Segment all donors by solicitation strategy: 

  1. Who will staff and board members personally meet with and ask for a gift from. When I worked at Trinity Rep, I had 75 volunteers who personally solicited annual operating gifts every single year. Given how much I give to my Planned Parenthood affiliate, I expect a personal solicitation to support annual operations. (Yes, many fundraisers and organizations call this major gift solicitation. I find that so offensive I want to scream! Because major gift donors implies there are minor gifts and minor donors.)
  2. But neither Trinity Rep nor PPSNE talked about annual operations. We told stories about plays and students and favorite actors…And education programs about sex and saving men and women from HIV/AIDS and breast cancer and primary care and….
  3. Who will receive direct mail letters? And this donor segment may receive 3-4 letters/fiscal year … even after they’ve already given. Different stories resonate with different people. And some people respond to more than one direct mail letter. So cool!
  4. And pretty much everyone receives an invitation to the fundraising event.
  5. And on and on…

All my fundraising plans include using every solicitation strategy — and of course a comprehensive relationship-building program.

This is all just for annual operations, our mission.

And then the special campaign for the building or the van to hall kids or or??? We figure out which donors and how to solicit. And sure, there’s a name and maybe even special letterhead and whatever.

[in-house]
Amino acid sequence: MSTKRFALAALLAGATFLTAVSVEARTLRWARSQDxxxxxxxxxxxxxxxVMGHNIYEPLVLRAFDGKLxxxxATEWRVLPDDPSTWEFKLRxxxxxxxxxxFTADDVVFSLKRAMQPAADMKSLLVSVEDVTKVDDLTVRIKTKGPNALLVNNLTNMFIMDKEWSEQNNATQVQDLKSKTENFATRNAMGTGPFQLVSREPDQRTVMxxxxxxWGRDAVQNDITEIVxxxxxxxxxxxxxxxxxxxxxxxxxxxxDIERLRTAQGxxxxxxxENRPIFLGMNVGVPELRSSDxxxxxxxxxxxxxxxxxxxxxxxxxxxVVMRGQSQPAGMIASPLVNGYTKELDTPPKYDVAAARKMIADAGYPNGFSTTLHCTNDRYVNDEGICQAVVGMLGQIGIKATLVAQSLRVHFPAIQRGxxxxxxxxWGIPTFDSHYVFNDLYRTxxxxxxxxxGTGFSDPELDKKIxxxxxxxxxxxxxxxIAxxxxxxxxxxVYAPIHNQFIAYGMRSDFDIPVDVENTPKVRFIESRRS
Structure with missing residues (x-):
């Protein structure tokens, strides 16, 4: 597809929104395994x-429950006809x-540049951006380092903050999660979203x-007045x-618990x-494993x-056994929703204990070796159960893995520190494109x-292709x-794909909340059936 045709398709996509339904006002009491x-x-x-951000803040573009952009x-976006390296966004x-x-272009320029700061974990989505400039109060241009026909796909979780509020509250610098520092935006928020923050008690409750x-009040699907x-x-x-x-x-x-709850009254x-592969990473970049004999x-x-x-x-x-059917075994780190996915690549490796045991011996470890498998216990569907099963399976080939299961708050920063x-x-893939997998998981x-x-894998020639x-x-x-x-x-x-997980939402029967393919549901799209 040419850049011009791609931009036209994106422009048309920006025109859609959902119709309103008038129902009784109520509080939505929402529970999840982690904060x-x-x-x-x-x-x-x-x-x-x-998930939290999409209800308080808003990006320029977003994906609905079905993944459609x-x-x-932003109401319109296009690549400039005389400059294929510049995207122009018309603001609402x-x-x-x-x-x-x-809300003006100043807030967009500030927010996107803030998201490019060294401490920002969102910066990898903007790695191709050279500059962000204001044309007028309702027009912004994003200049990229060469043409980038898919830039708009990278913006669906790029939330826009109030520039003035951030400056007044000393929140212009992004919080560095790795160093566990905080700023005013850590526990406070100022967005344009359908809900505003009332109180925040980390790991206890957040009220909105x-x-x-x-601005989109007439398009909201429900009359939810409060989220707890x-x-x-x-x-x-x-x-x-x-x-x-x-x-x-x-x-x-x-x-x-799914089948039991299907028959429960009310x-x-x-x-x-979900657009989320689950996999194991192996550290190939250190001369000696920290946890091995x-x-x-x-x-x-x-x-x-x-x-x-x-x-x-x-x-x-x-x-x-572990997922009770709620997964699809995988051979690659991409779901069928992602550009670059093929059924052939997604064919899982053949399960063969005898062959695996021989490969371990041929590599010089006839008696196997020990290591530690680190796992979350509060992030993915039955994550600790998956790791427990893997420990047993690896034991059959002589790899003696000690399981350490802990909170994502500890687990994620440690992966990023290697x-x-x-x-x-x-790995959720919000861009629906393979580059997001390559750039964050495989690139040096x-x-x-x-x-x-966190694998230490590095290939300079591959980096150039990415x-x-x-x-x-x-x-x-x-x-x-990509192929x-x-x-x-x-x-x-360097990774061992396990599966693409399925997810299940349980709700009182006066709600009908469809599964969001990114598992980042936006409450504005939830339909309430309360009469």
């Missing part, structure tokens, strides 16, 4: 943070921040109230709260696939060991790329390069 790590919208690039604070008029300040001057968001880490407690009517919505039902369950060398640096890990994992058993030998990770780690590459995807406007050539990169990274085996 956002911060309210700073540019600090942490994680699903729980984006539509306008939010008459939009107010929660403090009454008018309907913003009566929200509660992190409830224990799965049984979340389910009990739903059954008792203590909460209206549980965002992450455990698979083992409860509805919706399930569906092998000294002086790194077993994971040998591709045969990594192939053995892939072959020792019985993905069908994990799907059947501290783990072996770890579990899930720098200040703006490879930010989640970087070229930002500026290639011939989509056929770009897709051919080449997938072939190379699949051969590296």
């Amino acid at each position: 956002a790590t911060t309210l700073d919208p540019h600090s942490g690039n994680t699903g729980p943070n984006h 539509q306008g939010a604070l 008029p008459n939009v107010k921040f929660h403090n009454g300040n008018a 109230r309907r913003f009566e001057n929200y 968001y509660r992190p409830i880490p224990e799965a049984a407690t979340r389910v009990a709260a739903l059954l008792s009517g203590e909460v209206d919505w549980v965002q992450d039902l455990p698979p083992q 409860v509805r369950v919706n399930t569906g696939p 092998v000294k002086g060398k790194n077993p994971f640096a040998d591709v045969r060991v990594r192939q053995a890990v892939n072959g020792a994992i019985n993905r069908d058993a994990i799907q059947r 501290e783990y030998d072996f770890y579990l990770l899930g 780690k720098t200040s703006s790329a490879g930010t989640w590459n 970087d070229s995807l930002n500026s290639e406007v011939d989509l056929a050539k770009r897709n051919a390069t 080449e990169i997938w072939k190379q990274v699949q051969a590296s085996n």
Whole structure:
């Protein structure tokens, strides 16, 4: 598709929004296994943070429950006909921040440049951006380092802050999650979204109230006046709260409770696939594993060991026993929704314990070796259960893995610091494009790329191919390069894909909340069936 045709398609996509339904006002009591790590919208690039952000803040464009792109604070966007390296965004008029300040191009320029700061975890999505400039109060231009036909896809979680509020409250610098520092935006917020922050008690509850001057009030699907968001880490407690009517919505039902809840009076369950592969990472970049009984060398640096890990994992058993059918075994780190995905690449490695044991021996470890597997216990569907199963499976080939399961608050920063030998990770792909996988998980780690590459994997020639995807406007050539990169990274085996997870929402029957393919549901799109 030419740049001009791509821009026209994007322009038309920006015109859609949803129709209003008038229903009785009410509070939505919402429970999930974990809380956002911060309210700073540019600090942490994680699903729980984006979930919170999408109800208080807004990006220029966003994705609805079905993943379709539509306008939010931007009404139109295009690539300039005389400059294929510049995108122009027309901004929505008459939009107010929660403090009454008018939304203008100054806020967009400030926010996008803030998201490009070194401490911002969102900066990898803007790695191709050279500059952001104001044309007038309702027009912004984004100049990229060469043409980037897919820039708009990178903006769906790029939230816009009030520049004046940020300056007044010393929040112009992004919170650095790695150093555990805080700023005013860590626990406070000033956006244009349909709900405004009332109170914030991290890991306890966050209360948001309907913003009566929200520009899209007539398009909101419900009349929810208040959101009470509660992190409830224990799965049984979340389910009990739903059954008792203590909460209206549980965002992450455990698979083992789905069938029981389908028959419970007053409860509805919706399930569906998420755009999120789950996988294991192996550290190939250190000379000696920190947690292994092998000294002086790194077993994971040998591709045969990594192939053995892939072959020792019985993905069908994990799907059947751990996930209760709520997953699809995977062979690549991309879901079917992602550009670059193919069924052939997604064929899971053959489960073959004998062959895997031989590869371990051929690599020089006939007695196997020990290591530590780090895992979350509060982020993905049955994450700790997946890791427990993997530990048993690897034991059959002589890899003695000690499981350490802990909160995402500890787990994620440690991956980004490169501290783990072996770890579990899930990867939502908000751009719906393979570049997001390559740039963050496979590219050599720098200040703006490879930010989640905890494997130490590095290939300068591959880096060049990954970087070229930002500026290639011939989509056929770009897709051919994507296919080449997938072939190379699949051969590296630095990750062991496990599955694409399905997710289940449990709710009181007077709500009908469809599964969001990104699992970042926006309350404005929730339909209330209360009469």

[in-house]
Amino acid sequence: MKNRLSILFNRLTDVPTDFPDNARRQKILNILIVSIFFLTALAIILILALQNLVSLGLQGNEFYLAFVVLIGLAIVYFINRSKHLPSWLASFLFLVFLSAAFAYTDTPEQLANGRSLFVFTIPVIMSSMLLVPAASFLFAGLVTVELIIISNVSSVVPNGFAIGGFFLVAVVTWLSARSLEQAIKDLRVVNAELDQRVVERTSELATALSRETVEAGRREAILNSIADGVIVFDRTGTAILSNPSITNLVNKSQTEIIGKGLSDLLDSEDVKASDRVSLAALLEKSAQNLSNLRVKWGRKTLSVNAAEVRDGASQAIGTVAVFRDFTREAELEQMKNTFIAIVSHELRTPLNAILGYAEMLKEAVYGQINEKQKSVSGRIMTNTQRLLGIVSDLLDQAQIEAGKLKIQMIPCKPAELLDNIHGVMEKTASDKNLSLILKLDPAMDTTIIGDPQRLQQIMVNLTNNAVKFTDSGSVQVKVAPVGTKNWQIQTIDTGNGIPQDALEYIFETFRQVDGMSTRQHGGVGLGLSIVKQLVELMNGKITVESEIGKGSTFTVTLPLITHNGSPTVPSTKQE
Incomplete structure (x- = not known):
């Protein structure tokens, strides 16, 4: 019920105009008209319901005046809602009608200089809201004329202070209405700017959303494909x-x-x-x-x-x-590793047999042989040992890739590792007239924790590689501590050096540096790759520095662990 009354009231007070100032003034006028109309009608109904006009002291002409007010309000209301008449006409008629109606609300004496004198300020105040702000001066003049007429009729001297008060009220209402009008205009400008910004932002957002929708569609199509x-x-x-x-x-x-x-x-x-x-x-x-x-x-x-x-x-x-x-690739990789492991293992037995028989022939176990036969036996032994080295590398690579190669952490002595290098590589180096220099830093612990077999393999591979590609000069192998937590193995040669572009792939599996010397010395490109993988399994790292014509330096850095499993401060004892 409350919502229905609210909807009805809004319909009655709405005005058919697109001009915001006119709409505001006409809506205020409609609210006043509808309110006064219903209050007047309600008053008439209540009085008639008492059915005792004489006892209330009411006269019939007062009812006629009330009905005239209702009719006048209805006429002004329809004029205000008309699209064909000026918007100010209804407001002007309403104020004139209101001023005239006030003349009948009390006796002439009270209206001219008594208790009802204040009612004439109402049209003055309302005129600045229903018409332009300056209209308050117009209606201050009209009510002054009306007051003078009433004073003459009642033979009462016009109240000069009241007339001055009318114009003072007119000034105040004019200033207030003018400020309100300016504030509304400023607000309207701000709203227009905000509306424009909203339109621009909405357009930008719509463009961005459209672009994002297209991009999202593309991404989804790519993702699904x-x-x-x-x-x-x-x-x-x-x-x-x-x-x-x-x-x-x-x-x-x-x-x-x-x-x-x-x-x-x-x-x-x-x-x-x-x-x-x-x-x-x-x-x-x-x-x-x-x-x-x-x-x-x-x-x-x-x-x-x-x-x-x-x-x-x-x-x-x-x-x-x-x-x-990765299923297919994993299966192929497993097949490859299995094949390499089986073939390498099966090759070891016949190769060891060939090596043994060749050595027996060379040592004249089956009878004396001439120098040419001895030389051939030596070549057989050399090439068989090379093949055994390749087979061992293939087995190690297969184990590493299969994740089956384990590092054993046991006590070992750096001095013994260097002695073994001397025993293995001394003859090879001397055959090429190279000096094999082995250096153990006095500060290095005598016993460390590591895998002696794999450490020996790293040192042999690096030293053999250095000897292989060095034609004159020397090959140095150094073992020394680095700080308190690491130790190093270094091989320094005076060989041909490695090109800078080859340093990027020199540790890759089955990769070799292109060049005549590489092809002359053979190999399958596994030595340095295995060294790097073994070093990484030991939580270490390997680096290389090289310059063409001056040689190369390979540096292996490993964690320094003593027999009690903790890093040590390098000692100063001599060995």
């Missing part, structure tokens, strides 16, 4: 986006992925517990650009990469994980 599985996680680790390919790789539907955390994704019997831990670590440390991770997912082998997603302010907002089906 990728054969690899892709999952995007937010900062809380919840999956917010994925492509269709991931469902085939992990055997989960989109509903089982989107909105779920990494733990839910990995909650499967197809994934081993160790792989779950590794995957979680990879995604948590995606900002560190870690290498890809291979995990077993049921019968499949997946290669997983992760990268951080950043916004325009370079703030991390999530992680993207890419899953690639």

So all that’s my thinking. Great fundraisers tell stories about beneficiaries and donors, too. Great fundraisers segment the market for solicitation strategies. Great fundraisers avoid language that is unclear and kinda icky and has no emotional content and is unclear and confusing and… 

Okay. Back to work. Getting ready to head to Saskatoon for the Western Canada Fundraising Conference 2019. Thank you David and Christal. Thank you Common Good Fundraising.

 

 

 

 

May 24, 2019

In RI June 6: Jay Love + Tom Ahern + Simone Joyaux…. LIVE!!

FUNDRAISING POWER SESSION

Jay Love, Co-Founder & Chief Relationship Officer, Bloomerang. Plus
Tom Ahern & Simone P. Joyaux

Thursday, June 6: 7:30 am – 12:30 pm. Radisson Hotel Providence Airport
2081 Post Road, Warwick RI  02886. Members: $50 / Non-Members: $85.

Jay’s really cool workshop on “Maximizing the Lifetime Value of Your Donors for Fundraising Success.

And then the 3-way talk. Jay + Tom + Simone. Bring your questions. Ask and ask more. Want to be unknown? Then write your question on a piece of paper and hand it to Simone in private. Time to complain and whine. Wail and weep about stuff back at the office. Secrets and doors closed.

Simone Joyaux, ACFRE, Adv Dip, FAFP, is an internationally recognized expert in fund development, board and organizational development, strategic planning, and management.